Breaktime

It all begins with a challenge. Morgan sneers at Ditto for getting everything he knows out of books - even sex - and challenges him to prove that literature is ever related to real life. Ditto takes up the challenge. During half term holiday he writes down what happens to him.

And a great deal does. First his father has a heart attack, brought on, Ditto believes, by an explosive row between them. Ditto goes off to the country, is befriended by two strangers, drawn into a drunken brawl, and then, astonished at his own daring, helps to burgle a house.

But the secret, and purpose, of Ditto's journey is a meeting with a girl, Helen - the girl of his imagining - who helps him make the leap from what he has only read about into real, life-changing experience. True? Or 'just a story'? Was it only a game played with words? The answers, Ditto says, are all there in his book for anyone who accepts his challenge to look for them.

'Like many other good novels, it is partly about writing and the nature of fiction, and that makes it first-class reading for anyone who has ever thought seriously about literature. Above all, it's very funny.' Margaret Meek in School Librarian.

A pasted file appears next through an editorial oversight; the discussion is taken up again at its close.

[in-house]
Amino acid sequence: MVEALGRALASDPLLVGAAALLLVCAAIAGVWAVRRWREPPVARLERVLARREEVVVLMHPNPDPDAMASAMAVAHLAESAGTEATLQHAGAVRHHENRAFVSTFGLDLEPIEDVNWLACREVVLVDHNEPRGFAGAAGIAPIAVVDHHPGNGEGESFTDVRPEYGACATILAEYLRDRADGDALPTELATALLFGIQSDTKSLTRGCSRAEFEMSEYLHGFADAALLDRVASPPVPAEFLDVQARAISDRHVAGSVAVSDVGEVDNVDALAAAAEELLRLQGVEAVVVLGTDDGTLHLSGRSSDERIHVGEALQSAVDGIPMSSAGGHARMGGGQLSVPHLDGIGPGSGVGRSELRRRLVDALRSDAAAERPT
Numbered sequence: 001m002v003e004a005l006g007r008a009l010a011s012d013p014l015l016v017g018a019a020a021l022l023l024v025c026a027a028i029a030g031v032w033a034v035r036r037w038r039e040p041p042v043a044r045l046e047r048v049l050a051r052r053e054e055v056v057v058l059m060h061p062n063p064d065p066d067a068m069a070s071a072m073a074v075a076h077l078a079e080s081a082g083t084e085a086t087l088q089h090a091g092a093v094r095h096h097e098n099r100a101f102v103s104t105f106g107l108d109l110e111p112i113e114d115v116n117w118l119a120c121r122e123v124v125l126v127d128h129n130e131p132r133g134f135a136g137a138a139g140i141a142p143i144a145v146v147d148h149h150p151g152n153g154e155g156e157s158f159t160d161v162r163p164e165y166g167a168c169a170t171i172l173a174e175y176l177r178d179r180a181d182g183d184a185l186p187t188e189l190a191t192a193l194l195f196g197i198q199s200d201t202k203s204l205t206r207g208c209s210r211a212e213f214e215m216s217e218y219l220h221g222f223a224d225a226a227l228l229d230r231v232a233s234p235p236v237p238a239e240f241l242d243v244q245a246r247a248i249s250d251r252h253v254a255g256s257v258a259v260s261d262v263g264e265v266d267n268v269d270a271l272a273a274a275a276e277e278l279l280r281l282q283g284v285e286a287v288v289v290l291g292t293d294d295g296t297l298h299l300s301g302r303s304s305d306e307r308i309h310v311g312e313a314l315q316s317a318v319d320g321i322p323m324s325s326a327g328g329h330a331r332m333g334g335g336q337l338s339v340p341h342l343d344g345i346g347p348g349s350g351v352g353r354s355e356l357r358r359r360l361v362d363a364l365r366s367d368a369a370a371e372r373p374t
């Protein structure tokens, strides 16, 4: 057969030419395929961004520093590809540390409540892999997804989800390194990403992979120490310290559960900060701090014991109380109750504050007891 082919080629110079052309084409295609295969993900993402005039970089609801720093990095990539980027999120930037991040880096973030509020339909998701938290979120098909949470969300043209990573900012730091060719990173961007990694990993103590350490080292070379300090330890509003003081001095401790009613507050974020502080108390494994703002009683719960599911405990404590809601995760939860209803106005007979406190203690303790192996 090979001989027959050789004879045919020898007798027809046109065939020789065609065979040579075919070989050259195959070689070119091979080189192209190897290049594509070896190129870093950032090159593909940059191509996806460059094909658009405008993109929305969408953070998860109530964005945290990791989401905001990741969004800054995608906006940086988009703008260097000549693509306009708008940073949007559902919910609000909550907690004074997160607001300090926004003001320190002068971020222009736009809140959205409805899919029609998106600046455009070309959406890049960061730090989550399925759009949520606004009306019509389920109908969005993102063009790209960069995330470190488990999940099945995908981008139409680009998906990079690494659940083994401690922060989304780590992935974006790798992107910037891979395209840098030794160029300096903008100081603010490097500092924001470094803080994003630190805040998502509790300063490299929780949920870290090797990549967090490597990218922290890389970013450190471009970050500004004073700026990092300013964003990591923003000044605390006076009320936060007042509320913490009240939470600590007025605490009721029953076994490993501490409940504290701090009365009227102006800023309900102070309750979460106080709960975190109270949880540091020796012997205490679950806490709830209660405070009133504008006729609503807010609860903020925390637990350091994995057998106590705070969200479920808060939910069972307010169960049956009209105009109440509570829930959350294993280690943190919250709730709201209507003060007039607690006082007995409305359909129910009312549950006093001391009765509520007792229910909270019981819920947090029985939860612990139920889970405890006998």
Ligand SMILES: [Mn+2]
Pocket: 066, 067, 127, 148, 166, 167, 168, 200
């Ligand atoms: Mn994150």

A note about The Dance Sequence - click here.

First published by Bodley Head 1978

Buy On-line

Definitions paperback (with Dance on My Grave), January 2007,

ISBN 978-1-862-30288-4, 6.99

All contents are ©Aidan Chambers unless otherwise stated.

In print since it was first published in Britain in 1978, Breaktime has gone through six different editions, currently in a dual volume with Dance on My Grave, which also includes a new 'Afterword' describing its beginnings and its place in the Dance Sequence of six novels.

'Chambers's characters are frequently witty and sometimes wise,' Kimblerley Reynolds notes in Children's Literature in the 1890s and 1990s (Northcote House, 1994, p 49),' but they are not heroic or exceptional - not idealised links to the past saving the world for future generations - and the dilemmas they face belong very much to the [present] teenage world. What is heroic in his texts is not just the decision to deal with the kinds of topics that adults want to keep separate from childhood, but also to employ narrative techniques that disturb or challenge adult notions of what is appropriate for young readers.'

 

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